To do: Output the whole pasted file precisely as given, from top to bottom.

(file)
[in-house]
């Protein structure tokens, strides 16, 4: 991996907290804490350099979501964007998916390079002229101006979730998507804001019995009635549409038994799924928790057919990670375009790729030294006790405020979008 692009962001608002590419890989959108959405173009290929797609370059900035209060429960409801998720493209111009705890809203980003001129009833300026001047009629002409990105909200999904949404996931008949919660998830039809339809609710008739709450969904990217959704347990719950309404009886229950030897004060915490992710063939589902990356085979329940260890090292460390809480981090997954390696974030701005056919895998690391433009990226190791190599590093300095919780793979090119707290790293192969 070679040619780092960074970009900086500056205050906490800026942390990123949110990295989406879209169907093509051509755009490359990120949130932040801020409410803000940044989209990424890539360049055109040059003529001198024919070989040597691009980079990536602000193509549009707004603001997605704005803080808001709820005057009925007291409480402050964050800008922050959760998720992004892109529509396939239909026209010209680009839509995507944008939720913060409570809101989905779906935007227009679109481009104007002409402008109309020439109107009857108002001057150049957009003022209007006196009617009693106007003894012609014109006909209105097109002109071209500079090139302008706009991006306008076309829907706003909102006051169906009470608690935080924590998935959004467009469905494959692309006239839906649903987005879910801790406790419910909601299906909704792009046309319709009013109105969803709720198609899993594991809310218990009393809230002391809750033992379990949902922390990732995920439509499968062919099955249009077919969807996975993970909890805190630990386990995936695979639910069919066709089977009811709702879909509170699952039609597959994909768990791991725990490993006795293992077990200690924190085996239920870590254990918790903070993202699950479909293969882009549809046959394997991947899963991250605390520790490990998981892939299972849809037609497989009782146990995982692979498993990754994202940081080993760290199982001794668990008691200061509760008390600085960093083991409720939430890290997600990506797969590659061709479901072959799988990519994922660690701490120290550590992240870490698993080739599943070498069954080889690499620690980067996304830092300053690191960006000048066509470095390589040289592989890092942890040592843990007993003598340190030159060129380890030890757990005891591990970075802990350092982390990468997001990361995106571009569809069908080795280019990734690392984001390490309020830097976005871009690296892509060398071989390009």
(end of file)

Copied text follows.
[in-house]
């Protein structure tokens, strides 16, 4: 991996907290804490350099979501964007998916390079002229101006979730998507804001019995009635549409038994799924928790057919990670375009790729030294006790405020979008 692009962001608002590419890989959108959405173009290929797609370059900035209060429960409801998720493209111009705890809203980003001129009833300026001047009629002409990105909200999904949404996931008949919660998830039809339809609710008739709450969904990217959704347990719950309404009886229950030897004060915490992710063939589902990356085979329940260890090292460390809480981090997954390696974030701005056919895998690391433009990226190791190599590093300095919780793979090119707290790293192969 070679040619780092960074970009900086500056205050906490800026942390990123949110990295989406879209169907093509051509755009490359990120949130932040801020409410803000940044989209990424890539360049055109040059003529001198024919070989040597691009980079990536602000193509549009707004603001997605704005803080808001709820005057009925007291409480402050964050800008922050959760998720992004892109529509396939239909026209010209680009839509995507944008939720913060409570809101989905779906935007227009679109481009104007002409402008109309020439109107009857108002001057150049957009003022209007006196009617009693106007003894012609014109006909209105097109002109071209500079090139302008706009991006306008076309829907706003909102006051169906009470608690935080924590998935959004467009469905494959692309006239839906649903987005879910801790406790419910909601299906909704792009046309319709009013109105969803709720198609899993594991809310218990009393809230002391809750033992379990949902922390990732995920439509499968062919099955249009077919969807996975993970909890805190630990386990995936695979639910069919066709089977009811709702879909509170699952039609597959994909768990791991725990490993006795293992077990200690924190085996239920870590254990918790903070993202699950479909293969882009549809046959394997991947899963991250605390520790490990998981892939299972849809037609497989009782146990995982692979498993990754994202940081080993760290199982001794668990008691200061509760008390600085960093083991409720939430890290997600990506797969590659061709479901072959799988990519994922660690701490120290550590992240870490698993080739599943070498069954080889690499620690980067996304830092300053690191960006000048066509470095390589040289592989890092942890040592843990007993003598340190030159060129380890030890757990005891591990970075802990350092982390990468997001990361995106571009569809069908080795280019990734690392984001390490309020830097976005871009690296892509060398071989390009």